RICHMOND – A bill addressing wind energy passed the House Tuesday, 95-0.
SB 862, proposed by Sen. Frank Wagner of Virginia Beach, stirred controversy in its original form. Individuals, and organizations such as the Virginia Association of Counties, had opposed language that required localities to enact ordinances that set criteria for siting solar and wind power facilities. They objected to a state law forcing local governments to take action, saying that amounted to usurping local authority on land use decisions.
Before the bill left the Senate Committee on Commerce and Labor, its language was changed so localities would not be required to enact such ordinances.
As it passed to the House on “crossover day,” the bill stated that any locality choosing to enact an ordinance for siting renewable energy projects (wind and solar) would make ordinances “consistent with” the state’s energy policy, and provide criteria for project sites.
Criteria included limiting noise and requiring buffer areas and setbacks. It also included addressing scenic areas and viewsheds, but those words were removed by the House Committee on Commerce and Labor before the measure came to a full House vote.
As passed, the legislation states such ordinances must be “consistent with” the Commonwealth Energy Policy, and provide “reasonable criteria” that provides for “the protection of the locality in a manner consistent with the goals of the commonwealth to promote the generation of energy from wind and solar resources; and include provisions establishing reasonable requirements upon the siting of any such renewable energy facility, including provisions limiting noise, requiring buffer areas and setbacks, and addressing generation facility decommissioning.”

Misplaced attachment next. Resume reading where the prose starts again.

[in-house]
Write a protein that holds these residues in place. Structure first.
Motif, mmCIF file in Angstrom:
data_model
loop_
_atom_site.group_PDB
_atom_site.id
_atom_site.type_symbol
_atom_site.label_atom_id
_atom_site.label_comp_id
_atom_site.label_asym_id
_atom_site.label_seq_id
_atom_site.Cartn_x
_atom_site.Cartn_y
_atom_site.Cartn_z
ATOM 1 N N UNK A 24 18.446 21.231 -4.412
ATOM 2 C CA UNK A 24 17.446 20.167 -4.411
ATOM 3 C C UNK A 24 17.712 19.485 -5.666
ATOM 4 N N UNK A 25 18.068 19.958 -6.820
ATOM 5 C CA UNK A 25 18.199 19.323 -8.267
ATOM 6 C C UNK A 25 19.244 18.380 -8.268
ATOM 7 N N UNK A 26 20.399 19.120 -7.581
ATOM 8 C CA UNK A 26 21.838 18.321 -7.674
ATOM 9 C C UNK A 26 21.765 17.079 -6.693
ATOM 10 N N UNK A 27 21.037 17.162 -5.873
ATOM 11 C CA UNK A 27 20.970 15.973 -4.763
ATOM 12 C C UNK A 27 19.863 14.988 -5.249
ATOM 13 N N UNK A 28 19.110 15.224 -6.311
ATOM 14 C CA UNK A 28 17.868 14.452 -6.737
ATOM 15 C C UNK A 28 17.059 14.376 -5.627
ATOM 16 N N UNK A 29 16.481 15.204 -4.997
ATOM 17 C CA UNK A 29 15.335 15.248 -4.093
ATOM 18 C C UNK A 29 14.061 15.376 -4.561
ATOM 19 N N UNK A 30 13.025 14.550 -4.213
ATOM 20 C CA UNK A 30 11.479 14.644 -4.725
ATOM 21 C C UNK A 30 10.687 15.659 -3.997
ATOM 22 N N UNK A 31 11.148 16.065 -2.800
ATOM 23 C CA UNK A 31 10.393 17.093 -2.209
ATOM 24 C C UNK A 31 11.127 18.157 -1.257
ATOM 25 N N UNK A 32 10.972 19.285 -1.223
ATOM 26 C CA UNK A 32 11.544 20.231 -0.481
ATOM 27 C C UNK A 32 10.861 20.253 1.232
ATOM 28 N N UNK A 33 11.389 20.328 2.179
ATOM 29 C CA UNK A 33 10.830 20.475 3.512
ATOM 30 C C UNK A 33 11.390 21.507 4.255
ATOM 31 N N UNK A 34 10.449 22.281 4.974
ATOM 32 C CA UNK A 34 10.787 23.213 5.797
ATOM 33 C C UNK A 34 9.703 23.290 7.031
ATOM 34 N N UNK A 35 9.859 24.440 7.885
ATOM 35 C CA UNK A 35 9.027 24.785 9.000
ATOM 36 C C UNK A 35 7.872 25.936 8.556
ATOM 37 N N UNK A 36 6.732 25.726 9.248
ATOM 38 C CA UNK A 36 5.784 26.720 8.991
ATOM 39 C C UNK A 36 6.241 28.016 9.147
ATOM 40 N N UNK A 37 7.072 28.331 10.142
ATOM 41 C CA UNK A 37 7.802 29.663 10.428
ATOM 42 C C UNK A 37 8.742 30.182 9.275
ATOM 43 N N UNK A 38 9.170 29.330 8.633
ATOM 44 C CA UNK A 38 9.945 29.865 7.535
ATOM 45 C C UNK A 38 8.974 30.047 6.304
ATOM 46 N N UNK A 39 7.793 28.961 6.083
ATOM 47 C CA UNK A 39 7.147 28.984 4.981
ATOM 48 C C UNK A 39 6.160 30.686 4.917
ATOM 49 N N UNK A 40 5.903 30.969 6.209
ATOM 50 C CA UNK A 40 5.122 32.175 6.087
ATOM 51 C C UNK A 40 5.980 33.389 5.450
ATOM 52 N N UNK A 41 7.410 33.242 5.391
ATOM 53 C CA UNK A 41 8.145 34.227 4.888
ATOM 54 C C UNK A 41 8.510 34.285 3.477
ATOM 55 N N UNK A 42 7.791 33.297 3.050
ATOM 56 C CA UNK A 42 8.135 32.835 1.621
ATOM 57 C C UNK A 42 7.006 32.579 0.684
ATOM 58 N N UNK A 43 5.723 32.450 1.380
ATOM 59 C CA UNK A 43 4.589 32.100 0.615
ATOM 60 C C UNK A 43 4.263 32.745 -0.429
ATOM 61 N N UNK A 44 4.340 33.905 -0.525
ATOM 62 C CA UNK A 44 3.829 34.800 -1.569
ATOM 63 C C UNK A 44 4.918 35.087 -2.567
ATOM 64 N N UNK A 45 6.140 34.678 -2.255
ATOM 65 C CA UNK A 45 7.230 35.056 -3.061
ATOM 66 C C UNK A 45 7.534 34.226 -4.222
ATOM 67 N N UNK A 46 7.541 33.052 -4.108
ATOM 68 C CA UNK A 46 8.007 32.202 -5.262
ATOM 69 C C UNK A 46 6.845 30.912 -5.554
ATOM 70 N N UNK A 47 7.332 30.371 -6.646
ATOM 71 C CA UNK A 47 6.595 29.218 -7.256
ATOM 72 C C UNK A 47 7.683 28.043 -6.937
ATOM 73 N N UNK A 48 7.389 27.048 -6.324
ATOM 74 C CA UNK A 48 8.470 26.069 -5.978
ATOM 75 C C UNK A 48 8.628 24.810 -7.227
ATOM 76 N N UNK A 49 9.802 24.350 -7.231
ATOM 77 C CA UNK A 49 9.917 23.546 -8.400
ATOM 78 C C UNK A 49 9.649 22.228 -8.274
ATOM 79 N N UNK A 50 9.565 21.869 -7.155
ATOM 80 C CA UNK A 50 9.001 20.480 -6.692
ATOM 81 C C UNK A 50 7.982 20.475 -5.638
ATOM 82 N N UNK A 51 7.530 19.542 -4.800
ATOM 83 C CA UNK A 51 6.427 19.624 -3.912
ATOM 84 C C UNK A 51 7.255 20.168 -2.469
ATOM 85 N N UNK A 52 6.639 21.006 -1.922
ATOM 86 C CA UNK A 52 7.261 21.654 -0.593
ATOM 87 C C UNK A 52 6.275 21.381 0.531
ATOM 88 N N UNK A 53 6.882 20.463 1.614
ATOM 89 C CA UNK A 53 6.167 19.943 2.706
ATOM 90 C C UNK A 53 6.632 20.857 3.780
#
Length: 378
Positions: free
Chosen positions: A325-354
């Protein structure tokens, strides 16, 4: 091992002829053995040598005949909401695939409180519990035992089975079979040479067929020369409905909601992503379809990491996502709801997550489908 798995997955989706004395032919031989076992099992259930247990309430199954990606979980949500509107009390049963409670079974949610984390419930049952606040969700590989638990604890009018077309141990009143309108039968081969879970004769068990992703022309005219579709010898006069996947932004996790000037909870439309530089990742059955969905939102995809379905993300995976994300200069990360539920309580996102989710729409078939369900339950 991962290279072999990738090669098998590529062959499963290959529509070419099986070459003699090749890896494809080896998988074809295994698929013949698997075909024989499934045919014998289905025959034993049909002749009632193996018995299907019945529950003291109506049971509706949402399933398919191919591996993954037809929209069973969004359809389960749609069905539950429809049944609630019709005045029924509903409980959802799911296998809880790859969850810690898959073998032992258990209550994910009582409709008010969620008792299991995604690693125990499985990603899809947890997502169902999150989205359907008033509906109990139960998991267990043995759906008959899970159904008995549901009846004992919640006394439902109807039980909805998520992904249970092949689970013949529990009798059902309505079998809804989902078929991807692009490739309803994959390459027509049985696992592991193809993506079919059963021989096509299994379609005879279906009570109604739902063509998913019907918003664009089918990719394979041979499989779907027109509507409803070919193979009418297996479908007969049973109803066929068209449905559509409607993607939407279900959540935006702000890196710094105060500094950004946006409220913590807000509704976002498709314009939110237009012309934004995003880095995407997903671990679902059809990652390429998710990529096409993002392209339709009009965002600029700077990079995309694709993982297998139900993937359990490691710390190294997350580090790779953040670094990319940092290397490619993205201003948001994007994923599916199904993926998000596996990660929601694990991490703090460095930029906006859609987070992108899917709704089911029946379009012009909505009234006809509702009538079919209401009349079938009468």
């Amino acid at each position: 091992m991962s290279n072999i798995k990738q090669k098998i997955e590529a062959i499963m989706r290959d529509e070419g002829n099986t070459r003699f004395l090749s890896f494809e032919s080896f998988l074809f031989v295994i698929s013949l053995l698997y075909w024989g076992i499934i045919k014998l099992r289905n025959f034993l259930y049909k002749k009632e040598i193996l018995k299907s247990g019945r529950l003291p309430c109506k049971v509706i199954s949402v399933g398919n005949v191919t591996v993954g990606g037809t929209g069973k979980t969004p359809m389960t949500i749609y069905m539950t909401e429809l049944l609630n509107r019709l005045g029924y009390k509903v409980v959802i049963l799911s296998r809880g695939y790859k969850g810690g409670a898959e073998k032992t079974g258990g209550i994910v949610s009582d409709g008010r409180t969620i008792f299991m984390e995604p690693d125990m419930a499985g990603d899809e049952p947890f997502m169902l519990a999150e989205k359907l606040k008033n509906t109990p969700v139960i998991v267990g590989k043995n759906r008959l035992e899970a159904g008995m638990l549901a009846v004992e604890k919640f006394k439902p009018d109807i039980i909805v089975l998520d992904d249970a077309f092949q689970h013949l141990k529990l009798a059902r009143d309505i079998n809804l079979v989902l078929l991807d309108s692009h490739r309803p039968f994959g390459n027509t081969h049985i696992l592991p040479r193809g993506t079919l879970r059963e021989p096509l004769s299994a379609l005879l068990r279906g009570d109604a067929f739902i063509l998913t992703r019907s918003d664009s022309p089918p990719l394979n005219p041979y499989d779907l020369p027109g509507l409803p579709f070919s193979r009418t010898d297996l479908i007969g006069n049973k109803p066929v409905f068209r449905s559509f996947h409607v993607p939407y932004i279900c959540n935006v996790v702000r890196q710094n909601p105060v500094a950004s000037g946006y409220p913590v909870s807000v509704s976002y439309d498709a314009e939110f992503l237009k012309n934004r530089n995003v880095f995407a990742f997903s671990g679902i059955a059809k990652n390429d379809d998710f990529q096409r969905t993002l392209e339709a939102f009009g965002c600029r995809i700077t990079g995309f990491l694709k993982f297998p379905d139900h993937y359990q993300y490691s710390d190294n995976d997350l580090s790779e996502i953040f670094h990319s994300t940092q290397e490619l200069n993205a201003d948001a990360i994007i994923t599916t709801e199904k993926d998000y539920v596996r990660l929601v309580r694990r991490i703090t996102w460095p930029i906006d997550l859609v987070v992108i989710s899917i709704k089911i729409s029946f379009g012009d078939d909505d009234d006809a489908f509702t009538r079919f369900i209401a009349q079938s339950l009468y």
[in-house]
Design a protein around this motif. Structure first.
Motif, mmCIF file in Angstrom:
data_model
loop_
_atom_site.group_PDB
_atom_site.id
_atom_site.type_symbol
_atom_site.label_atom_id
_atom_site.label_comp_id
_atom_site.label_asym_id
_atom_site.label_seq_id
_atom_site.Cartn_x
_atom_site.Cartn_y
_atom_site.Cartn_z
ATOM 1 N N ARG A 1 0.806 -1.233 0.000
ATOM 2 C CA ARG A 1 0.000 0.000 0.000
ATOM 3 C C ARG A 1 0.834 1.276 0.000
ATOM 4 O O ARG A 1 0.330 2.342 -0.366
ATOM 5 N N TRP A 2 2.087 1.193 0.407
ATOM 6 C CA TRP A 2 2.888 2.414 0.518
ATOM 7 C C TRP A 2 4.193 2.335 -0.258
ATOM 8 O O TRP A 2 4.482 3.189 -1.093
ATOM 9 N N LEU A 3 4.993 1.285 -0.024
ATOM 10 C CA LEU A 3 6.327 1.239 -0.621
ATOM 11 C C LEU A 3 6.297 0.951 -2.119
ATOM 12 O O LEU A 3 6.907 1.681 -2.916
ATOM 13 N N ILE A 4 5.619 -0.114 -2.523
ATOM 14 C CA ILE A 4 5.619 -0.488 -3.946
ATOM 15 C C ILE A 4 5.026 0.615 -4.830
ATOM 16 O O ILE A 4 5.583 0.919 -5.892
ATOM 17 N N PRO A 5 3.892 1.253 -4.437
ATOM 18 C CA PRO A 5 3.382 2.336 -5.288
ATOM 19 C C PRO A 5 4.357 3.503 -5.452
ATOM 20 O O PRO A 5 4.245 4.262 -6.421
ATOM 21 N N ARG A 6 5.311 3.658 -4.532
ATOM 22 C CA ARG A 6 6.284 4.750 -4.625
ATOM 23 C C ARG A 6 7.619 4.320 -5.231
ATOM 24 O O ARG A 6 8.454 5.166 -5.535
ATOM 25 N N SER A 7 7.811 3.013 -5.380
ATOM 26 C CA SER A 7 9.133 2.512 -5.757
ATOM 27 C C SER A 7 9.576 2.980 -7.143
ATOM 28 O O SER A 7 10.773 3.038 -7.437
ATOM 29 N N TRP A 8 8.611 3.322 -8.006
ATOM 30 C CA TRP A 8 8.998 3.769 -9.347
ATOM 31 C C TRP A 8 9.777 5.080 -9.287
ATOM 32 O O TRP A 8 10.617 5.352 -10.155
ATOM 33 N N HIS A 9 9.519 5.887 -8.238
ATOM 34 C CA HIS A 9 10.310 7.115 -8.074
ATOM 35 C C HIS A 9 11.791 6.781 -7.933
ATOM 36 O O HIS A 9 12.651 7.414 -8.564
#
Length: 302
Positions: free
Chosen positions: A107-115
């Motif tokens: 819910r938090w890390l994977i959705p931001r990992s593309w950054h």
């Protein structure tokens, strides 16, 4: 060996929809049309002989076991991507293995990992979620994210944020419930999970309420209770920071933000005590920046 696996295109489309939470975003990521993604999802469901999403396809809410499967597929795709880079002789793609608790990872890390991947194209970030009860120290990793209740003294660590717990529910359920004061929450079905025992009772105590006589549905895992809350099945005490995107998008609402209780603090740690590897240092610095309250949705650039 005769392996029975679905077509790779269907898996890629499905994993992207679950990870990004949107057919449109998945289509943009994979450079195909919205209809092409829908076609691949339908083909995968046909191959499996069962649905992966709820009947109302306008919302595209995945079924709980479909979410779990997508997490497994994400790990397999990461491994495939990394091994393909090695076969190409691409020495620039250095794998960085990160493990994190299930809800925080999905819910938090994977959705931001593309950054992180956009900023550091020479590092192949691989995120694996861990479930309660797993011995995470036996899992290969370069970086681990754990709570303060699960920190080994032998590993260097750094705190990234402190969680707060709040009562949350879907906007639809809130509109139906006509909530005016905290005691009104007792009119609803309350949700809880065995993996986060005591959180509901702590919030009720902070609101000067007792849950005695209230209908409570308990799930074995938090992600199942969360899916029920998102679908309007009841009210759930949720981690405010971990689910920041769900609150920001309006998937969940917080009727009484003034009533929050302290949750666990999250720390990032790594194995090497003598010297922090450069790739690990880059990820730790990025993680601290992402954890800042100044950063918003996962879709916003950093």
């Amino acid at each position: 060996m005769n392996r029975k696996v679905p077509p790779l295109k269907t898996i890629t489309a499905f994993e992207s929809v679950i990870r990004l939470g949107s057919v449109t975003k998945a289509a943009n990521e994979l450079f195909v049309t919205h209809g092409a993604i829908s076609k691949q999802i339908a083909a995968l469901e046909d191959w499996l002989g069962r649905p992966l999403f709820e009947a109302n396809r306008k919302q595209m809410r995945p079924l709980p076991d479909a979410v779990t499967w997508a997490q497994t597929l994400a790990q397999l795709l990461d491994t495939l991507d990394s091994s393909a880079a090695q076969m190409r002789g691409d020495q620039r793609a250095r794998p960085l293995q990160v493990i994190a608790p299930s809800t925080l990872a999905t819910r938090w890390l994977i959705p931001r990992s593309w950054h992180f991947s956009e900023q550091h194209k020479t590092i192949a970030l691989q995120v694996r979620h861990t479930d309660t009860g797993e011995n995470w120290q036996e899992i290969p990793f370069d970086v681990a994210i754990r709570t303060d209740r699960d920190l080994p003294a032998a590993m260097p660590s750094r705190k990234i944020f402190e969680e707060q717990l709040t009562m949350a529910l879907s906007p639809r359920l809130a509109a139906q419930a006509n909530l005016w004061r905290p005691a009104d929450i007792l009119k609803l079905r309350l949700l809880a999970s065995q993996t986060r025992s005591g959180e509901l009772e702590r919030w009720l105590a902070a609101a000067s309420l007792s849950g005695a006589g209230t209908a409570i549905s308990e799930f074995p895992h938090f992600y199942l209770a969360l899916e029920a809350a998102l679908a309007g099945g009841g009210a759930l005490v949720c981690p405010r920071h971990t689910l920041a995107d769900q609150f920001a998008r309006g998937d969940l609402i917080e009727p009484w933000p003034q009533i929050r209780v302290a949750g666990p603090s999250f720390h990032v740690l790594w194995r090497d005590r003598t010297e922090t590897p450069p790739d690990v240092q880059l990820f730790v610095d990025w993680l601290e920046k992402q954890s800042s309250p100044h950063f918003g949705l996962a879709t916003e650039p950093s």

Finally, it states, “Any measures required by the ordinance shall be consistent with the locality’s existing ordinances.”
The last sentence, as Sen. Creigh Deeds noted recently, seems to provide localities with the flexibility. Local governments could enact other ordinances addressing tall structures or ridgeline protection, for example, and if they choose to later enact an ordinance about wind or solar project sites, those would have to be consistent with already existing ordinances in place.
As Highland supervisor Robin Sullenberger has also noted, the impetus behind the bill appears to be for the state to “send a message” to local governments, that Virginia will continue to push for consistent renewable energy development and encourage all localities to support that effort.
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